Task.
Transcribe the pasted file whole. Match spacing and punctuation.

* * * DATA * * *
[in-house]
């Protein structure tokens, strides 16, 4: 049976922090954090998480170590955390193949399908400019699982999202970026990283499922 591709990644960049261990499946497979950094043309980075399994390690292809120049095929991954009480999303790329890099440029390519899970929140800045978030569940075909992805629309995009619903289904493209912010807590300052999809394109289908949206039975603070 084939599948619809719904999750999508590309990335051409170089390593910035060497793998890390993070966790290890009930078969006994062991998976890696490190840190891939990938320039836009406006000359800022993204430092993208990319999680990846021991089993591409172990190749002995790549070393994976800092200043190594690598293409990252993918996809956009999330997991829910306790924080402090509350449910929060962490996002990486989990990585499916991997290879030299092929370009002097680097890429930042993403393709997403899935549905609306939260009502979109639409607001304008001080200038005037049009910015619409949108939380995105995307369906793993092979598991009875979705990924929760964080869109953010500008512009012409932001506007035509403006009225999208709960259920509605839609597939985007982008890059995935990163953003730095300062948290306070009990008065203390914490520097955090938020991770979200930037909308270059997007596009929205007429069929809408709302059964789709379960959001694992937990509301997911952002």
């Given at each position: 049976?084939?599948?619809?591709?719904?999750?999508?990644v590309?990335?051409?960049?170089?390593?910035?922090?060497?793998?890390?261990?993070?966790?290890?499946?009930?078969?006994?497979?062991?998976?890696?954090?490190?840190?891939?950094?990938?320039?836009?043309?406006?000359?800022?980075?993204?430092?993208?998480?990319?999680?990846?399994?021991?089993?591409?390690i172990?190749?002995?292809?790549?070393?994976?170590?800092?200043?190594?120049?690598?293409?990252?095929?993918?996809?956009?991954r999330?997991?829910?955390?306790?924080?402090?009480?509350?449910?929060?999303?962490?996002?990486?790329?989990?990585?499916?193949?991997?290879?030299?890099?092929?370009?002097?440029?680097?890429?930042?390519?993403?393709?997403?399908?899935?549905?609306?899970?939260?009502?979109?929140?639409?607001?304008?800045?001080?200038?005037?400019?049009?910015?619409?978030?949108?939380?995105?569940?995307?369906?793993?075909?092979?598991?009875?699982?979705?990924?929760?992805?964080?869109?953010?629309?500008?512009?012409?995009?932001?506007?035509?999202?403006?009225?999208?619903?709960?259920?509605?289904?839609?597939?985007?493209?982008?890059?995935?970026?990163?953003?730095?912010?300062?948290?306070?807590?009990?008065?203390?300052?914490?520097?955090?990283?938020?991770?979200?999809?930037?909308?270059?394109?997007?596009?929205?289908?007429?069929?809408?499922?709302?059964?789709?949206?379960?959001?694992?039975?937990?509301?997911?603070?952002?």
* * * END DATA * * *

[in-house]
């Protein structure tokens, strides 16, 4: 049976922090954090998480170590955390193949399908400019699982999202970026990283499922 591709990644960049261990499946497979950094043309980075399994390690292809120049095929991954009480999303790329890099440029390519899970929140800045978030569940075909992805629309995009619903289904493209912010807590300052999809394109289908949206039975603070 084939599948619809719904999750999508590309990335051409170089390593910035060497793998890390993070966790290890009930078969006994062991998976890696490190840190891939990938320039836009406006000359800022993204430092993208990319999680990846021991089993591409172990190749002995790549070393994976800092200043190594690598293409990252993918996809956009999330997991829910306790924080402090509350449910929060962490996002990486989990990585499916991997290879030299092929370009002097680097890429930042993403393709997403899935549905609306939260009502979109639409607001304008001080200038005037049009910015619409949108939380995105995307369906793993092979598991009875979705990924929760964080869109953010500008512009012409932001506007035509403006009225999208709960259920509605839609597939985007982008890059995935990163953003730095300062948290306070009990008065203390914490520097955090938020991770979200930037909308270059997007596009929205007429069929809408709302059964789709379960959001694992937990509301997911952002």
């Given at each position: 049976?084939?599948?619809?591709?719904?999750?999508?990644v590309?990335?051409?960049?170089?390593?910035?922090?060497?793998?890390?261990?993070?966790?290890?499946?009930?078969?006994?497979?062991?998976?890696?954090?490190?840190?891939?950094?990938?320039?836009?043309?406006?000359?800022?980075?993204?430092?993208?998480?990319?999680?990846?399994?021991?089993?591409?390690i172990?190749?002995?292809?790549?070393?994976?170590?800092?200043?190594?120049?690598?293409?990252?095929?993918?996809?956009?991954r999330?997991?829910?955390?306790?924080?402090?009480?509350?449910?929060?999303?962490?996002?990486?790329?989990?990585?499916?193949?991997?290879?030299?890099?092929?370009?002097?440029?680097?890429?930042?390519?993403?393709?997403?399908?899935?549905?609306?899970?939260?009502?979109?929140?639409?607001?304008?800045?001080?200038?005037?400019?049009?910015?619409?978030?949108?939380?995105?569940?995307?369906?793993?075909?092979?598991?009875?699982?979705?990924?929760?992805?964080?869109?953010?629309?500008?512009?012409?995009?932001?506007?035509?999202?403006?009225?999208?619903?709960?259920?509605?289904?839609?597939?985007?493209?982008?890059?995935?970026?990163?953003?730095?912010?300062?948290?306070?807590?009990?008065?203390?300052?914490?520097?955090?990283?938020?991770?979200?999809?930037?909308?270059?394109?997007?596009?929205?289908?007429?069929?809408?499922?709302?059964?789709?949206?379960?959001?694992?039975?937990?509301?997911?603070?952002?």